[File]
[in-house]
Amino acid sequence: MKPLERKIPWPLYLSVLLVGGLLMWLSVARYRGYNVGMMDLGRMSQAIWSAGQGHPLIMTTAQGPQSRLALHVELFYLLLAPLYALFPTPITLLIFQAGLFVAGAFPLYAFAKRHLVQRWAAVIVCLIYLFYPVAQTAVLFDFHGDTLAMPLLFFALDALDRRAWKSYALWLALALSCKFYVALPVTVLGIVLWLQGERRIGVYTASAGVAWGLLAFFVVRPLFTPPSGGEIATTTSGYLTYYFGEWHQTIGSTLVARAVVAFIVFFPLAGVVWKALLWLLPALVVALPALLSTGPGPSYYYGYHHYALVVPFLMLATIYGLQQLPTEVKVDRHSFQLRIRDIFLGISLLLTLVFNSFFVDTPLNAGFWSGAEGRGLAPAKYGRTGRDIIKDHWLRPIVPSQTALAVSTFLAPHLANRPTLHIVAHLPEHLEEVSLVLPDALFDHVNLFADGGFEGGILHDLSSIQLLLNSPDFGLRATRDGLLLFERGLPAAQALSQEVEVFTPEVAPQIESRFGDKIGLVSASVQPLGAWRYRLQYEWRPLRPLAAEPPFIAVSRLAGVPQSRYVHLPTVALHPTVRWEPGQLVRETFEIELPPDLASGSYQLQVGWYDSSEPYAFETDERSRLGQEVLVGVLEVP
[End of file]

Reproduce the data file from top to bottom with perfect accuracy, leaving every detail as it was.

[in-house]
Amino acid sequence: MKPLERKIPWPLYLSVLLVGGLLMWLSVARYRGYNVGMMDLGRMSQAIWSAGQGHPLIMTTAQGPQSRLALHVELFYLLLAPLYALFPTPITLLIFQAGLFVAGAFPLYAFAKRHLVQRWAAVIVCLIYLFYPVAQTAVLFDFHGDTLAMPLLFFALDALDRRAWKSYALWLALALSCKFYVALPVTVLGIVLWLQGERRIGVYTASAGVAWGLLAFFVVRPLFTPPSGGEIATTTSGYLTYYFGEWHQTIGSTLVARAVVAFIVFFPLAGVVWKALLWLLPALVVALPALLSTGPGPSYYYGYHHYALVVPFLMLATIYGLQQLPTEVKVDRHSFQLRIRDIFLGISLLLTLVFNSFFVDTPLNAGFWSGAEGRGLAPAKYGRTGRDIIKDHWLRPIVPSQTALAVSTFLAPHLANRPTLHIVAHLPEHLEEVSLVLPDALFDHVNLFADGGFEGGILHDLSSIQLLLNSPDFGLRATRDGLLLFERGLPAAQALSQEVEVFTPEVAPQIESRFGDKIGLVSASVQPLGAWRYRLQYEWRPLRPLAAEPPFIAVSRLAGVPQSRYVHLPTVALHPTVRWEPGQLVRETFEIELPPDLASGSYQLQVGWYDSSEPYAFETDERSRLGQEVLVGVLEVP